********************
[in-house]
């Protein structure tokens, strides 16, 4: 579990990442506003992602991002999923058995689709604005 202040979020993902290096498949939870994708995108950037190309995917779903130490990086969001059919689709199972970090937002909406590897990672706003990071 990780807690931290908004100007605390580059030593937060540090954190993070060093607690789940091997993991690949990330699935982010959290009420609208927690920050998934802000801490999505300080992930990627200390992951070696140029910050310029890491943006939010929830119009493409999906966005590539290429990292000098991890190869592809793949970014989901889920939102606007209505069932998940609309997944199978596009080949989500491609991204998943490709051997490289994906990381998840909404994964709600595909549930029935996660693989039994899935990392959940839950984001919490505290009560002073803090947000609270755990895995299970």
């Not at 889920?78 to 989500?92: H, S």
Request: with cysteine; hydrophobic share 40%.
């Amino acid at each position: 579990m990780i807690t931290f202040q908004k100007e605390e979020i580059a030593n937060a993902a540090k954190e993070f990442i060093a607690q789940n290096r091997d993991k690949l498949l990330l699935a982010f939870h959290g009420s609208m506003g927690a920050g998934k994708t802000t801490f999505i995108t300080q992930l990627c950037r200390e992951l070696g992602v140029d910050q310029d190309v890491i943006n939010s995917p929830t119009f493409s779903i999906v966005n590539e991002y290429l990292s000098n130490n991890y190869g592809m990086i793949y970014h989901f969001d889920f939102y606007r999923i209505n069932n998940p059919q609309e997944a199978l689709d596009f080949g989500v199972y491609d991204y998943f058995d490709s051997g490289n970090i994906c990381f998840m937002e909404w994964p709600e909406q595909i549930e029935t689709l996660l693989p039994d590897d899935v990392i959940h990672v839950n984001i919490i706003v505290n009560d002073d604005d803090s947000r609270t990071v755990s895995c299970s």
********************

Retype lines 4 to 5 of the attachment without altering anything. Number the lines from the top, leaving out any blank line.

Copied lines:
Request: with cysteine; hydrophobic share 40%.
């Amino acid at each position: 579990m990780i807690t931290f202040q908004k100007e605390e979020i580059a030593n937060a993902a540090k954190e993070f990442i060093a607690q789940n290096r091997d993991k690949l498949l990330l699935a982010f939870h959290g009420s609208m506003g927690a920050g998934k994708t802000t801490f999505i995108t300080q992930l990627c950037r200390e992951l070696g992602v140029d910050q310029d190309v890491i943006n939010s995917p929830t119009f493409s779903i999906v966005n590539e991002y290429l990292s000098n130490n991890y190869g592809m990086i793949y970014h989901f969001d889920f939102y606007r999923i209505n069932n998940p059919q609309e997944a199978l689709d596009f080949g989500v199972y491609d991204y998943f058995d490709s051997g490289n970090i994906c990381f998840m937002e909404w994964p709600e909406q595909i549930e029935t689709l996660l693989p039994d590897d899935v990392i959940h990672v839950n984001i919490i706003v505290n009560d002073d604005d803090s947000r609270t990071v755990s895995c299970s």